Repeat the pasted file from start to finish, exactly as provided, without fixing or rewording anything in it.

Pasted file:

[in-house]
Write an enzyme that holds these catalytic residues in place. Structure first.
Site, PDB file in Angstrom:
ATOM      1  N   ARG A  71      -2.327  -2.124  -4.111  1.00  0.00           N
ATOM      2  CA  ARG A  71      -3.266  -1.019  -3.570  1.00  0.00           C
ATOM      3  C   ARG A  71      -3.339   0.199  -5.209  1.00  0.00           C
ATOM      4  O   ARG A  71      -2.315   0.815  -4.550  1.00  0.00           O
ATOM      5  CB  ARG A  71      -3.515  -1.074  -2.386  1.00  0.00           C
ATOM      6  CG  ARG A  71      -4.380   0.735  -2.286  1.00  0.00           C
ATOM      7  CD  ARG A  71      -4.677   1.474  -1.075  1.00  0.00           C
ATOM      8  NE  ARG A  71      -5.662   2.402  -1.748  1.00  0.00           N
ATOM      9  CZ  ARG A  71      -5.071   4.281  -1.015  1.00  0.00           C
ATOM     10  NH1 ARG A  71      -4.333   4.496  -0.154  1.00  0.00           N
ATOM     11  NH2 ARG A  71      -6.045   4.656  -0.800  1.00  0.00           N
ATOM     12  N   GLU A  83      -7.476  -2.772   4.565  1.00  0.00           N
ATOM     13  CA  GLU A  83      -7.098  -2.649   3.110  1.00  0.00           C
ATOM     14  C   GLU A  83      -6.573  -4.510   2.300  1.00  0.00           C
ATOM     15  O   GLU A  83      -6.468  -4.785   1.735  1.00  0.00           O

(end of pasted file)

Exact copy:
[in-house]
Write an enzyme that holds these catalytic residues in place. Structure first.
Site, PDB file in Angstrom:
ATOM      1  N   ARG A  71      -2.327  -2.124  -4.111  1.00  0.00           N
ATOM      2  CA  ARG A  71      -3.266  -1.019  -3.570  1.00  0.00           C
ATOM      3  C   ARG A  71      -3.339   0.199  -5.209  1.00  0.00           C
ATOM      4  O   ARG A  71      -2.315   0.815  -4.550  1.00  0.00           O
ATOM      5  CB  ARG A  71      -3.515  -1.074  -2.386  1.00  0.00           C
ATOM      6  CG  ARG A  71      -4.380   0.735  -2.286  1.00  0.00           C
ATOM      7  CD  ARG A  71      -4.677   1.474  -1.075  1.00  0.00           C
ATOM      8  NE  ARG A  71      -5.662   2.402  -1.748  1.00  0.00           N
ATOM      9  CZ  ARG A  71      -5.071   4.281  -1.015  1.00  0.00           C
ATOM     10  NH1 ARG A  71      -4.333   4.496  -0.154  1.00  0.00           N
ATOM     11  NH2 ARG A  71      -6.045   4.656  -0.800  1.00  0.00           N
ATOM     12  N   GLU A  83      -7.476  -2.772   4.565  1.00  0.00           N
ATOM     13  CA  GLU A  83      -7.098  -2.649   3.110  1.00  0.00           C
ATOM     14  C   GLU A  83      -6.573  -4.510   2.300  1.00  0.00           C
ATOM     15  O   GLU A  83      -6.468  -4.785   1.735  1.00  0.00           O